Other priorities include ensuring that funding follows the child, promoting partnerships with local authorities, committing to long-term support for workforce development, and promoting more personalised services that meet the individual child's needs.
The seminar, which addressed sustainable childcare, was chaired by Barry Sheerman, MP and chair of the DCSF select committee.
In a presentation, Professor Kathy Sylva of Oxford University examined how qualifications matter to quality and quality matters to children. 'EPPE gives very clear indicators of what benefits children,' she said. 'Vocabulary is one of the most important indicators, and practitioners must have the ability to provide a rich and extended language for children.'
Professor Sylva stressed the importance of getting quality right in a recession. 'We must invest in early years because it gives a return. We need to see a raising of status for all staff,' she said.
Max Wind-Cowie, researcher for think-tank Demos, said that Sure Start needed to re-focus on reaching vulnerable families. 'The Government has failed to reach its targets for reducing child poverty, and poor or inflexible childcare equates to child poverty,' he said.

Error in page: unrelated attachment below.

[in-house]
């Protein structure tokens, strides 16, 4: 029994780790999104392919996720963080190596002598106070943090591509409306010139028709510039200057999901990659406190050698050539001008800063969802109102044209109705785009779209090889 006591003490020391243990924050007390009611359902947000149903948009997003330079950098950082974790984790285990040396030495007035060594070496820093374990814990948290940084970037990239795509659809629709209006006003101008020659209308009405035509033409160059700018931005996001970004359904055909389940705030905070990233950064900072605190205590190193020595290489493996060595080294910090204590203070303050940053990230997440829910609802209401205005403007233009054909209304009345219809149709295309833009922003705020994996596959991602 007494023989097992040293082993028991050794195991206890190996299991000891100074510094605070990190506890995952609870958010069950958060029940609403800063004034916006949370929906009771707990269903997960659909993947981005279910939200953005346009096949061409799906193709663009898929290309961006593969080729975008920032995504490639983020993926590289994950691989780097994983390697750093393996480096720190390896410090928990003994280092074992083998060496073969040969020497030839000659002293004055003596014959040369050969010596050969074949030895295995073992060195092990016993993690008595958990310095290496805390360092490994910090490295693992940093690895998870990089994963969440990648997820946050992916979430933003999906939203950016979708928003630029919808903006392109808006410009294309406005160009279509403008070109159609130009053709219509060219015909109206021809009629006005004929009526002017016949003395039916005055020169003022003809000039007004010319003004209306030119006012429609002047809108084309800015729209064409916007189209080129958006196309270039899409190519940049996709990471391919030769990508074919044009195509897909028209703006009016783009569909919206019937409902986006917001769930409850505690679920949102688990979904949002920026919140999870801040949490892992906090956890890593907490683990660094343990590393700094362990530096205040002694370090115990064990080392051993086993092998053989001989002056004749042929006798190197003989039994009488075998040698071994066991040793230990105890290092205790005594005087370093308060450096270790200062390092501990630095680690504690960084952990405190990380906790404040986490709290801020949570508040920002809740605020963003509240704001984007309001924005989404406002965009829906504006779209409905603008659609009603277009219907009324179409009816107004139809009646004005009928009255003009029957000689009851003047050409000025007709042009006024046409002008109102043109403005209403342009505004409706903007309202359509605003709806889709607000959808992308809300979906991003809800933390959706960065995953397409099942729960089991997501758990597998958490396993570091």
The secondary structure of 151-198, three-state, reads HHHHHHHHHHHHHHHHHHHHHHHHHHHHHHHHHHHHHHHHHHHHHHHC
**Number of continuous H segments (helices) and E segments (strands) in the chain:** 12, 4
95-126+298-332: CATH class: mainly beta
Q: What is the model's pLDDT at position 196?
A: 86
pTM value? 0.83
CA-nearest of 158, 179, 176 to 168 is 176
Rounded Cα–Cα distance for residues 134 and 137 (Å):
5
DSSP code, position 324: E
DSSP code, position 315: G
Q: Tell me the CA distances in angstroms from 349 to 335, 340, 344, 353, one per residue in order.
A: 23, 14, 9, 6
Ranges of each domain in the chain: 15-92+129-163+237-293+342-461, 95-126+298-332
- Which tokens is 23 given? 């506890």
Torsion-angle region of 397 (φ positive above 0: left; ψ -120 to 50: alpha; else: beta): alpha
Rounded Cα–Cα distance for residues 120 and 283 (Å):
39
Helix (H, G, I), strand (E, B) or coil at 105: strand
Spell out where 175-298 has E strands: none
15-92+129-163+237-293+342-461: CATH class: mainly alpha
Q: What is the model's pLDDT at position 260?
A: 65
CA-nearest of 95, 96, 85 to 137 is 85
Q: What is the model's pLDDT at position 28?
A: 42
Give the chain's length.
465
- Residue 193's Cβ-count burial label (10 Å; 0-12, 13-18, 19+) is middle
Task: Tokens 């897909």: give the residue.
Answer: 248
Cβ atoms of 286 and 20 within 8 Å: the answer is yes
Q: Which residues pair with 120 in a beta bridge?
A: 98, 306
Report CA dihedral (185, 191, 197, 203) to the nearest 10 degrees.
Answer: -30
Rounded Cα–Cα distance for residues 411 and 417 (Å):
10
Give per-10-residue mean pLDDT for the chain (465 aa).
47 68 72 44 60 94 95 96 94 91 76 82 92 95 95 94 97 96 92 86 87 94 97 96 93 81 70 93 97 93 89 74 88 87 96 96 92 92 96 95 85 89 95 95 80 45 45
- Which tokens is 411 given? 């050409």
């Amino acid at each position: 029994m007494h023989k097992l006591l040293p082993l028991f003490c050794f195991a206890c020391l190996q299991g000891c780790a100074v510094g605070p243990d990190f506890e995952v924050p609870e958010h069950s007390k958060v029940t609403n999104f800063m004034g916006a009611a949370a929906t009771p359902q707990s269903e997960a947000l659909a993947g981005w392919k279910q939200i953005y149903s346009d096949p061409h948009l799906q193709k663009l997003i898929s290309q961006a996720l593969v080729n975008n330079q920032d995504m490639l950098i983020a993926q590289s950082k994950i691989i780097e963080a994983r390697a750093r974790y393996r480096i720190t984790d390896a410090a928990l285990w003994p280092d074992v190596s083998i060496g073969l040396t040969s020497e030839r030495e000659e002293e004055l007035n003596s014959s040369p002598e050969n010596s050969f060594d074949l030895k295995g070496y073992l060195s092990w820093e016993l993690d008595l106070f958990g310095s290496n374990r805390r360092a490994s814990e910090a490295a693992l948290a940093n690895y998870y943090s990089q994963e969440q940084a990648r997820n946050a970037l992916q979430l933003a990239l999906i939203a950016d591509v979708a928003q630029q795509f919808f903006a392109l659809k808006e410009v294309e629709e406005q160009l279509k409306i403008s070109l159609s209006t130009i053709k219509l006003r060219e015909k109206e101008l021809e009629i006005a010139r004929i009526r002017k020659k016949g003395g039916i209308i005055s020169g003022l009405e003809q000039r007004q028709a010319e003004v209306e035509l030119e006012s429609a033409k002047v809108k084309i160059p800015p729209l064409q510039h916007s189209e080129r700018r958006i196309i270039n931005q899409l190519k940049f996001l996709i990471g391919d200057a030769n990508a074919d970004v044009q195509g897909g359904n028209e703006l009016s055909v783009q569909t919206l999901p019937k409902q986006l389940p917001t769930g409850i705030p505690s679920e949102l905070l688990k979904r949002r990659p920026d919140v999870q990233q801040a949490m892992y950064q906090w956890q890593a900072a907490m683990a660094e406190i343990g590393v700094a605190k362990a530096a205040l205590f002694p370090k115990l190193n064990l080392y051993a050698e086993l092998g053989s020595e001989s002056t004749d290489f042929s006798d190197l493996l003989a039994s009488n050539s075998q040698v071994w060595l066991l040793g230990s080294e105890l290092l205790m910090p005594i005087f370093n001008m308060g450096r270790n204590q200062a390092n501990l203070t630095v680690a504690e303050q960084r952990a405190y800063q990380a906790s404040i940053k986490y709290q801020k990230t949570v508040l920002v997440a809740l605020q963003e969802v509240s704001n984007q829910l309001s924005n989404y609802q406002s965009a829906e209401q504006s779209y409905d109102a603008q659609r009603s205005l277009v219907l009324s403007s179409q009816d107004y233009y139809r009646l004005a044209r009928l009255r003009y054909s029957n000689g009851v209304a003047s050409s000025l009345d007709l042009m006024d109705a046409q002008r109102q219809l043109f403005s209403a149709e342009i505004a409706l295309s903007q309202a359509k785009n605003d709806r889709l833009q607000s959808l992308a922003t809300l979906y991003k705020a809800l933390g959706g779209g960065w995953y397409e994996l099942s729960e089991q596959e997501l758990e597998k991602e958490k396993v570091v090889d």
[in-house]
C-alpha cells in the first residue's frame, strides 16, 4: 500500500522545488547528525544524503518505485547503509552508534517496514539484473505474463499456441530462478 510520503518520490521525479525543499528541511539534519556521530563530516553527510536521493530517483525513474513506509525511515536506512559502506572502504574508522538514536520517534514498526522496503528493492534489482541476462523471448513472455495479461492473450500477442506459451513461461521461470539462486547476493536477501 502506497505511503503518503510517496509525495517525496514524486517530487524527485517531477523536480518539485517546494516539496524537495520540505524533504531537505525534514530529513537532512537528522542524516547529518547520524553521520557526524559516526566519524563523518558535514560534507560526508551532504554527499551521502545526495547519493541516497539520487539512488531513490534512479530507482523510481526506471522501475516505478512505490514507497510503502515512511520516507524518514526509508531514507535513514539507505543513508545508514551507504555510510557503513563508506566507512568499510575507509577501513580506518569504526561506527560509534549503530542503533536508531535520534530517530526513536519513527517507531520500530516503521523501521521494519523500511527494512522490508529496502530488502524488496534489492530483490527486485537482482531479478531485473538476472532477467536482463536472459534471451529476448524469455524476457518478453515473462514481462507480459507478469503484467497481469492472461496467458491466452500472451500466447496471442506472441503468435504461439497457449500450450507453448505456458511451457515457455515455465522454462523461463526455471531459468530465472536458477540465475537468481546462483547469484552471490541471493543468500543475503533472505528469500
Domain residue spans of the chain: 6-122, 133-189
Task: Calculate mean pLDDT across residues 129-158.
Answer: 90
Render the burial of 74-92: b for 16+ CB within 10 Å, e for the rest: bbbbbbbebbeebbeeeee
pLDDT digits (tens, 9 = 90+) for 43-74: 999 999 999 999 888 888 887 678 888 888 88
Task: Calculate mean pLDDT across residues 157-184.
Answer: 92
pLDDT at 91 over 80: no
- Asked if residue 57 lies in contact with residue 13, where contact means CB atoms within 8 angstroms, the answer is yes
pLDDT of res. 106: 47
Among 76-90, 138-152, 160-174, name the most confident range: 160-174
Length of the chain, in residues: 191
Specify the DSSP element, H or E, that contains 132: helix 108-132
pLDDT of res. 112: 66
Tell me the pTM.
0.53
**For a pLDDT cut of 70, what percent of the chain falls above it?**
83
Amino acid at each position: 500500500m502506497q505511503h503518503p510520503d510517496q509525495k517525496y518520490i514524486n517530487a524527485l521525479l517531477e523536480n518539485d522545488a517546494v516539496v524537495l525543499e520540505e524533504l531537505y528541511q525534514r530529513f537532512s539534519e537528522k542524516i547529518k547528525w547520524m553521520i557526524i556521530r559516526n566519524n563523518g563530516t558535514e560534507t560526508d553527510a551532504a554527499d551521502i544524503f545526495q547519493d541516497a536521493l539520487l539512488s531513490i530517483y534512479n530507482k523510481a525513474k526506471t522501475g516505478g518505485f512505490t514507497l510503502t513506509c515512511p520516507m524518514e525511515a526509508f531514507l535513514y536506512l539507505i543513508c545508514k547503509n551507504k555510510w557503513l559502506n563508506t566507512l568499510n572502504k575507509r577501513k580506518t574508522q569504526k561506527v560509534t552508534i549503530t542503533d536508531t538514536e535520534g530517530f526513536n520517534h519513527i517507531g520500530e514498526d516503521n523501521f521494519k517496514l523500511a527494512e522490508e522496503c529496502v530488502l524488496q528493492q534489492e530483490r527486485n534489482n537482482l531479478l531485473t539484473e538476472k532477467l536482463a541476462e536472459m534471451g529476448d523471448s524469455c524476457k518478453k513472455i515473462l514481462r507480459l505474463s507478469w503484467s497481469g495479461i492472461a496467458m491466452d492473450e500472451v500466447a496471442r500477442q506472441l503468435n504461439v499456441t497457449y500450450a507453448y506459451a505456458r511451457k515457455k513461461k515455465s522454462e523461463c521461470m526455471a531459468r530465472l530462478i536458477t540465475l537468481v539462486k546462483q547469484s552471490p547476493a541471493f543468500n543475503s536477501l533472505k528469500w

Speaking at the reception, Maria Miller, shadow minister for the family, reiterated the Conservatives' commitment to extending the role of health visitors as a way of supporting families, and emphasised the need for a diverse range of childcare.
'The free entitlement could not be a universal offer without the PVI sector, and therefore attention has to be paid to how providers can be supported to make their places sustainable,' she said.